Networking events come in all shapes and sizes: massive multipurpose career fairs for college students, industry-specific conferences, launch parties, etc. The sheer variety can make attending these events befuddling. What do you wear to a book launch, and is it the same as what you wear to an alumni mixer? Should I bring business cards to a party? Who do I talk to at career fairs?
I won’t deny for a minute that how you behave at a networking event depends on a lot of variables — e.g., what kind of event is it, what industry are you in, what kind of job you are looking for, what kind of connections do you want to make, and so on. What I will say, though, is this: despite the specifics of each and every networking event, there are a few universal guidelines to keep in mind so that you can make the most of any networking opportunity, no matter what it is.
Make a Plan
You can’t just wing it when it comes to networking events. Those who go in blind and unprepared are simply wasting their time and the time of those they try to connect with.
You need to know why you’re there — why you’ve decided to attend this event in the first place. Are you looking for some new connections? Are you looking to land a specific job? Is there a certain person you want to talk to? Identify your goal before you even decided to attend an event. If you can’t give yourself a solid, definable objective for attending a certain event, that means you probably shouldn’t go in the first place.
Once you know why you’re going, you need to make plans for what you’ll do to accomplish your goal while at the event. For example, if you want to meet a specific person, how are you going to do that? If you’re just there to make some general connections in an industry, how are you going to do that?
As part of your planning, you need to research the event thoroughly. Who is holding it, and why? Are there speakers? If so, who are they? What will they be able to talk about? What kind of people are invited?
There are a lot of questions you need to answer before you head to a networking event, but if you take the time to answer them, you’ll ensure that you make the most the event, whatever it is.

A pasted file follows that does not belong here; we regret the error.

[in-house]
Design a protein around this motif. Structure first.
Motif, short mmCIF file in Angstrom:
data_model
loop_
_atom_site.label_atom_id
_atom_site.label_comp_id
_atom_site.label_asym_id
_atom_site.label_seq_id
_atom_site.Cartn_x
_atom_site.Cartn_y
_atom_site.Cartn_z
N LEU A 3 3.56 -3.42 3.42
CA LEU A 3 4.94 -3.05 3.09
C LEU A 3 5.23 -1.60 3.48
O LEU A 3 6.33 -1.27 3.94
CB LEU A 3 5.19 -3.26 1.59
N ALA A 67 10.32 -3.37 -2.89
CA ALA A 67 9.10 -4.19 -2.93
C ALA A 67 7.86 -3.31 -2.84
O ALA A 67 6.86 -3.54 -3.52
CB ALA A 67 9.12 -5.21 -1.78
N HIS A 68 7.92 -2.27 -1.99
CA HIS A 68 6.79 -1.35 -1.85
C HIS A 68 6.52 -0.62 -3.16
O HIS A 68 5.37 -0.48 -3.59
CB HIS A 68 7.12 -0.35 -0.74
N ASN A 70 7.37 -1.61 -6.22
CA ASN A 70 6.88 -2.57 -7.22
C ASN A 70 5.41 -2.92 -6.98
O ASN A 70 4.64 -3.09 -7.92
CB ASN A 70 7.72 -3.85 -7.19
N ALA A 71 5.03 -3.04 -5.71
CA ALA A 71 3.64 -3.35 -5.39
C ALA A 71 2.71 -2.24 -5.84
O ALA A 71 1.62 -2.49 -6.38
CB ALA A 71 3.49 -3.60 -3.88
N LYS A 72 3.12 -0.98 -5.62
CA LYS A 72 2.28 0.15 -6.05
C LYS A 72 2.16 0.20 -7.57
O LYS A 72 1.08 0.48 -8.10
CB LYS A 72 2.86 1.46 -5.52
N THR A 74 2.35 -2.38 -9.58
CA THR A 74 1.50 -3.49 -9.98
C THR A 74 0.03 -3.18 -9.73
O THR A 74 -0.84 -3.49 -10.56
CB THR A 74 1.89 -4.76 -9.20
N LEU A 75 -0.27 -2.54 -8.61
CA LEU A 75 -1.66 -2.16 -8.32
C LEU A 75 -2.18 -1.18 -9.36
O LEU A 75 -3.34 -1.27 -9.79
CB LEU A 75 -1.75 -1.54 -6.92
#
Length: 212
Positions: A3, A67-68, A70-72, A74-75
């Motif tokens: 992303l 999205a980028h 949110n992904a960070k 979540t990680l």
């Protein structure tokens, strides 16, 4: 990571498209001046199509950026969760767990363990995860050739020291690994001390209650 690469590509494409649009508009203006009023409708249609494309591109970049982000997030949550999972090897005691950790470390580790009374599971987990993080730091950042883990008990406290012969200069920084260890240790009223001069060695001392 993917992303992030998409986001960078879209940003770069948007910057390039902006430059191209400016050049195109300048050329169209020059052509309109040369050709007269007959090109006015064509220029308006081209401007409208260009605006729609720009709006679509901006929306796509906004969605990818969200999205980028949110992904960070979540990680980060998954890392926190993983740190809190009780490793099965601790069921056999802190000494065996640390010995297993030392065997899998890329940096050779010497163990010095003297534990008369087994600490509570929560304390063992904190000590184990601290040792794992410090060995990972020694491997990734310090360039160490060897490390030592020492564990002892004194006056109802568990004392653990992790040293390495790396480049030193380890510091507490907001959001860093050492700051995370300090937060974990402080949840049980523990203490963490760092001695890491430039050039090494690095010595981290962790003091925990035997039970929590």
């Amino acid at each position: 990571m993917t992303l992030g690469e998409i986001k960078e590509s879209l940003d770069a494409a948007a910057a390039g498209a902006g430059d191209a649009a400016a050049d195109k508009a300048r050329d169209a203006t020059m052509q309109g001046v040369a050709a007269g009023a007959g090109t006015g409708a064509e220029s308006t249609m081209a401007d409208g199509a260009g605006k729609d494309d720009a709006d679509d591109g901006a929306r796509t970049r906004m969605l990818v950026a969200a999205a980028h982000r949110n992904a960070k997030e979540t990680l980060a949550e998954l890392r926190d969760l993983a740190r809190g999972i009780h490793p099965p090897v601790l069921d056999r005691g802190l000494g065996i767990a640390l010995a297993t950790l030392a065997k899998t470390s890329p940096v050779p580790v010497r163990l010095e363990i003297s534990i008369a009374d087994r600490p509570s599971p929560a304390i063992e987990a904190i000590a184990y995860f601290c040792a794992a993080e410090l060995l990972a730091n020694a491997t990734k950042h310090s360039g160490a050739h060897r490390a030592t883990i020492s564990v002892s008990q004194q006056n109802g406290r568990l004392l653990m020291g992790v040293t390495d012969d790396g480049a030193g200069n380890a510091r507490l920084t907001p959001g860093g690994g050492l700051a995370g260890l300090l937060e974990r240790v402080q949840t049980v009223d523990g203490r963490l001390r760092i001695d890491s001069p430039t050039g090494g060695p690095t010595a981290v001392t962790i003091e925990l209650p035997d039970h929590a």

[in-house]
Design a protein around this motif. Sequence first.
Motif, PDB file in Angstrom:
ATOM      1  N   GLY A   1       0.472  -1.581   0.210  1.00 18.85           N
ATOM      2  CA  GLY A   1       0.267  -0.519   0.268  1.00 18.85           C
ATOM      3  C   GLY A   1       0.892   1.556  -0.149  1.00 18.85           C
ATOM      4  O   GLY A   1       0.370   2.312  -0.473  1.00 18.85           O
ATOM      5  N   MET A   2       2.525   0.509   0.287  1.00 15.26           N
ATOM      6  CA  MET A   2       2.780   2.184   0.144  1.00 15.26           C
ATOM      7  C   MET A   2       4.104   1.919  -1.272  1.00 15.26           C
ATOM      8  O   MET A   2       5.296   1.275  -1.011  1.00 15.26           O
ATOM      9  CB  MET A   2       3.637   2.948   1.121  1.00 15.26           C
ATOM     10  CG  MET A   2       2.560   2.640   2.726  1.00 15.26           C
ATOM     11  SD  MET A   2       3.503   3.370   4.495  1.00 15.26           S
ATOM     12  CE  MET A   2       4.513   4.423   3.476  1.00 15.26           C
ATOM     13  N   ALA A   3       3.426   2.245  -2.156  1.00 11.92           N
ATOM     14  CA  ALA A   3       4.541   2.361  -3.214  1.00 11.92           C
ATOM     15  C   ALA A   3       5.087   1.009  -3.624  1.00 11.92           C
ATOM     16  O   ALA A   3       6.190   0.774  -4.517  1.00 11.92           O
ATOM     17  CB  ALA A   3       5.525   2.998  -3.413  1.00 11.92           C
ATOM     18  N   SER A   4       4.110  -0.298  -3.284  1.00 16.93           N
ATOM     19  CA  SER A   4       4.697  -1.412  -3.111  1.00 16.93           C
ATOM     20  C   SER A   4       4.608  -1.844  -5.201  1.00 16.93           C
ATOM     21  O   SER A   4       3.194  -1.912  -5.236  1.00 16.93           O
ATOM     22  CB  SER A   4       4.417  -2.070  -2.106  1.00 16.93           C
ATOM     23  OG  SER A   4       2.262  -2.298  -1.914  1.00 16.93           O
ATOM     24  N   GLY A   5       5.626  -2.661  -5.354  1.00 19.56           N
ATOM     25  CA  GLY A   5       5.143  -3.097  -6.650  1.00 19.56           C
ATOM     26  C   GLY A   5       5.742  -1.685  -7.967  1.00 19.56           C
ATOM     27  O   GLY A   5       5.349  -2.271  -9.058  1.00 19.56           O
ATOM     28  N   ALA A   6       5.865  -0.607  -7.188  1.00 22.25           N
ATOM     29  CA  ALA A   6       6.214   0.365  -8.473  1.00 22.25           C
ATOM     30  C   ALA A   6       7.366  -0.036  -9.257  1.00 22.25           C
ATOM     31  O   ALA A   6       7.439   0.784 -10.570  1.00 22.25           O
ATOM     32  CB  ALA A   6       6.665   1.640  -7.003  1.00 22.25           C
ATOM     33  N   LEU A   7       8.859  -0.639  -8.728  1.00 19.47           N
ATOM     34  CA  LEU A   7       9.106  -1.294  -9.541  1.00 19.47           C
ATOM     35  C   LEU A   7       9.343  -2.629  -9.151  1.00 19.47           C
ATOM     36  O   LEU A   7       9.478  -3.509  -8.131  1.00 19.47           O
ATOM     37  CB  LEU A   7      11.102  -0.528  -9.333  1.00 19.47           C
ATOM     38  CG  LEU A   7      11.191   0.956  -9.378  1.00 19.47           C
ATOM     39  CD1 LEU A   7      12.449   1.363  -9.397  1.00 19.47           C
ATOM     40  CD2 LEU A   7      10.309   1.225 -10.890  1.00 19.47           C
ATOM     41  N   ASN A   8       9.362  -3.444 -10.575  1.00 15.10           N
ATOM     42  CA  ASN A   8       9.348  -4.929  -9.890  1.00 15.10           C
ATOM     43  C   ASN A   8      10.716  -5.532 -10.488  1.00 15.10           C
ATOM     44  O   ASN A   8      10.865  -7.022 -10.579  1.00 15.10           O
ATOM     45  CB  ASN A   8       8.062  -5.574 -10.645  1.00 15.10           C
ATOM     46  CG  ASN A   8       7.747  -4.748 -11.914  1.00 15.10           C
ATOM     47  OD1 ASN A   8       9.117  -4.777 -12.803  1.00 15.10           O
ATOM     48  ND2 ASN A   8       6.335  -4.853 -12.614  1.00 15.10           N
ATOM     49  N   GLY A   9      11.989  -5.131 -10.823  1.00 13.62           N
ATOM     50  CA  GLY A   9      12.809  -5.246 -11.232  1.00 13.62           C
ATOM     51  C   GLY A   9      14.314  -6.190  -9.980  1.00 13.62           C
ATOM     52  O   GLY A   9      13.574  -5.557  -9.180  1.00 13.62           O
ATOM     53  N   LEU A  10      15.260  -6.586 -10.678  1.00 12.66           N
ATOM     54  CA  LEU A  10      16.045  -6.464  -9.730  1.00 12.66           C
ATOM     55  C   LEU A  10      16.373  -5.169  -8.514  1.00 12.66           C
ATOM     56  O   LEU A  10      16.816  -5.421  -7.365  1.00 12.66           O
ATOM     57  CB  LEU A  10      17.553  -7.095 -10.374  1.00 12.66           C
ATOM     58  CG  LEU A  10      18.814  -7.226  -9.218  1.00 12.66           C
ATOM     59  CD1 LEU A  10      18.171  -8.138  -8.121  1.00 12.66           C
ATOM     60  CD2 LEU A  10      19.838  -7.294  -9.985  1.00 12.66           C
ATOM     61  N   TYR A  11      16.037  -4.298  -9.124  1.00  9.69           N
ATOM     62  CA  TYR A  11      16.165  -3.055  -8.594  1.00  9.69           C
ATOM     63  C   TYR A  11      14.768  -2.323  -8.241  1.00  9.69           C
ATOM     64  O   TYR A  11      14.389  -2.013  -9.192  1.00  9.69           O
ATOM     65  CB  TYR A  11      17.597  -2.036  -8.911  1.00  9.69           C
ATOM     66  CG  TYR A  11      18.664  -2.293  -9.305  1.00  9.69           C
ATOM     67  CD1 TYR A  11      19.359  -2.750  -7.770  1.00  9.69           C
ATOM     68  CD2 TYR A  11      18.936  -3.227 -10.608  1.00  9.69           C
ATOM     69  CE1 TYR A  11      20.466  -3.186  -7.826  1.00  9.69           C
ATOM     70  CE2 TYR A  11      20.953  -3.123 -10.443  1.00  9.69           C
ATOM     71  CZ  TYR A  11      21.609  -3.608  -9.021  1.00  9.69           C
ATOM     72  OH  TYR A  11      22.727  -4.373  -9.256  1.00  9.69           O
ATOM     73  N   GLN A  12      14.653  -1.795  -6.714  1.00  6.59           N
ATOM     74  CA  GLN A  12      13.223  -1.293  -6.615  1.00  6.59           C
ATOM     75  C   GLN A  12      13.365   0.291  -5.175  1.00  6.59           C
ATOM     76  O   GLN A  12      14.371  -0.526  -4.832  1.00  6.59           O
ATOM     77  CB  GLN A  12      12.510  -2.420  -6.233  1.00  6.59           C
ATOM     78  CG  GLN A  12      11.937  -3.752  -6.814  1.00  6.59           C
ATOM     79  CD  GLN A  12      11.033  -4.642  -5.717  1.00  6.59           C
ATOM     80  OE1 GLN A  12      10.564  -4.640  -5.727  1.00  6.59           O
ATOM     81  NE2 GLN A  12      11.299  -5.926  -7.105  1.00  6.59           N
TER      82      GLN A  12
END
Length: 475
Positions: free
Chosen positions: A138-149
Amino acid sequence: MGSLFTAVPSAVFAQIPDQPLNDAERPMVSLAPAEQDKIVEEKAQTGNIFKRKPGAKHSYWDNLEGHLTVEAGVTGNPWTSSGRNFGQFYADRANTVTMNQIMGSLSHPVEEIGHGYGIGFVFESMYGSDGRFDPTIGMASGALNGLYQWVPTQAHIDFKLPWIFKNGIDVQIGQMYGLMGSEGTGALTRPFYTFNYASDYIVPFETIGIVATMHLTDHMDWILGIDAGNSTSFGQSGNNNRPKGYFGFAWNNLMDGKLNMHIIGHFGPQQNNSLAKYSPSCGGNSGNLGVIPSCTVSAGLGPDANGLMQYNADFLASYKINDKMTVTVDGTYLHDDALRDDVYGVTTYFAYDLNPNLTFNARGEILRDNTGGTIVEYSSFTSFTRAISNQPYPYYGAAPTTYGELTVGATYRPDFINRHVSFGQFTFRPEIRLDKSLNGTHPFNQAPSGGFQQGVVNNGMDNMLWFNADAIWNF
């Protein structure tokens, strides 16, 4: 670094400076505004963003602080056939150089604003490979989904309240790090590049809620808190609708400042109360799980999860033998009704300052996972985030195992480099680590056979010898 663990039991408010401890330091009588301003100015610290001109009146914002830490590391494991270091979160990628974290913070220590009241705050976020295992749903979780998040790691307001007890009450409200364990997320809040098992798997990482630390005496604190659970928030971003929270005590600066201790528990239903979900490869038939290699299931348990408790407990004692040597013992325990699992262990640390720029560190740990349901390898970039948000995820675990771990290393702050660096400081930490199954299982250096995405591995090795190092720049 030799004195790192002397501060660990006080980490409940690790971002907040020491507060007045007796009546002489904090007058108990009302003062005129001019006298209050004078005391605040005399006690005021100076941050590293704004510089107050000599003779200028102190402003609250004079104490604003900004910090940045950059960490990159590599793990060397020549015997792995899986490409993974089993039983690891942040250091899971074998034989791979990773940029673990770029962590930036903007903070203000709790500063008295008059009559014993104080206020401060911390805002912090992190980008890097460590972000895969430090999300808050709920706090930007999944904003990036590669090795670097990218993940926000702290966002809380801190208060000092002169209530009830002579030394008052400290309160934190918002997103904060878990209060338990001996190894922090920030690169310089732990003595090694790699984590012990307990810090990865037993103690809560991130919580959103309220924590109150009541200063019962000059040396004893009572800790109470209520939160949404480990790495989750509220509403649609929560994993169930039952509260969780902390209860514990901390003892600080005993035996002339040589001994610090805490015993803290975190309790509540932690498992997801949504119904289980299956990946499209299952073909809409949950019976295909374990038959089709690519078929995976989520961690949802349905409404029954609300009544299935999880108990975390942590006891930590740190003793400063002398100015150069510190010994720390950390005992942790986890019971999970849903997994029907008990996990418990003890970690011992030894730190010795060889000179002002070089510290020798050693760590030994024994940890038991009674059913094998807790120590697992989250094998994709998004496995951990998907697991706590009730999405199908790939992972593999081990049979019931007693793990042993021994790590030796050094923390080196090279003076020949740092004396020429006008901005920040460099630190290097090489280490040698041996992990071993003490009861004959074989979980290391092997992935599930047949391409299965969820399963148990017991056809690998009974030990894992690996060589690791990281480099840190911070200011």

Know How to Talk to People
Networking, at its core, is simply a process of building new relationships with strangers. This can be daunting: how to you saunter up to someone you’ve never met before and strike up a conversation?
This is why you need to come prepared with ways to start conversations. Forbes contributor Kristi Hedges details six icebreakers for networking events. Take a look at Hedges’ list to learn what icebreakers might look like in a professional setting. You may find that some of her suggestions work well for you, or you may find you need to tweak them, or you may simply want to come up with a few of your own.
Whatever the case, the gist of “knowing how to talk to people” is having a strategy to get the conversation flowing. Remember, too, that it is conversation you after, not a one-sided gabfest on your part. For that reason, your ice-breaking strategies should always be designed to get the other person talking, not simply listening to you babble.
Let me stress it again: networking is about building relationships. You cannot rush into a networking event like a take-no-prisoners mercenary, hitting targets who can do something for you. You need to remember that relationships should be mutually beneficial. Ask not simply what other people can do for you, but also consider what you can do for them.
Part of being considerate also means that you need to treat your fellow attendees as people who are worthy of your time. You may be attending an event to look for recruiters or talk to a specific speaker/presenter/what-have-you, but you never know what sort of relationships might form between you and the other attendees. Be open to them and actively pursue them. They may not be your main objective, but they could pay off big time.
Of course, considerate people don’t hog the attention of others. Remember that the people you’re networking with aren’t there to talk to you all night. Don’t monopolize their time. Build relationships, but don’t keep others from building their own as well.
You’ve handed out business cards, contact info, resumes, etc. Now you wait, right?
Wrong. So totally wrong.
Your new connections should not have to shoulder the entire burden of maintaining your relationship. Depending on the context, sending a LinkedIn connection, writing a follow-up email, or making a phone call to schedule a meeting could be exactly what you need to turn your new connection into a strong, lasting relationship.
If you attended a career fair or similar event and connected with recruiters and company representatives, this advice is especially vital. You weren’t the only person who spoke to them about job opportunities that day. Don’t become one of the faceless many who handed them resumes — follow up!
Remember, too, that networking events lead to professional relationships, not personal ones. Don’t pester your new connections and don’t overstep your boundaries. Treat your new connections the way you would treat new coworkers.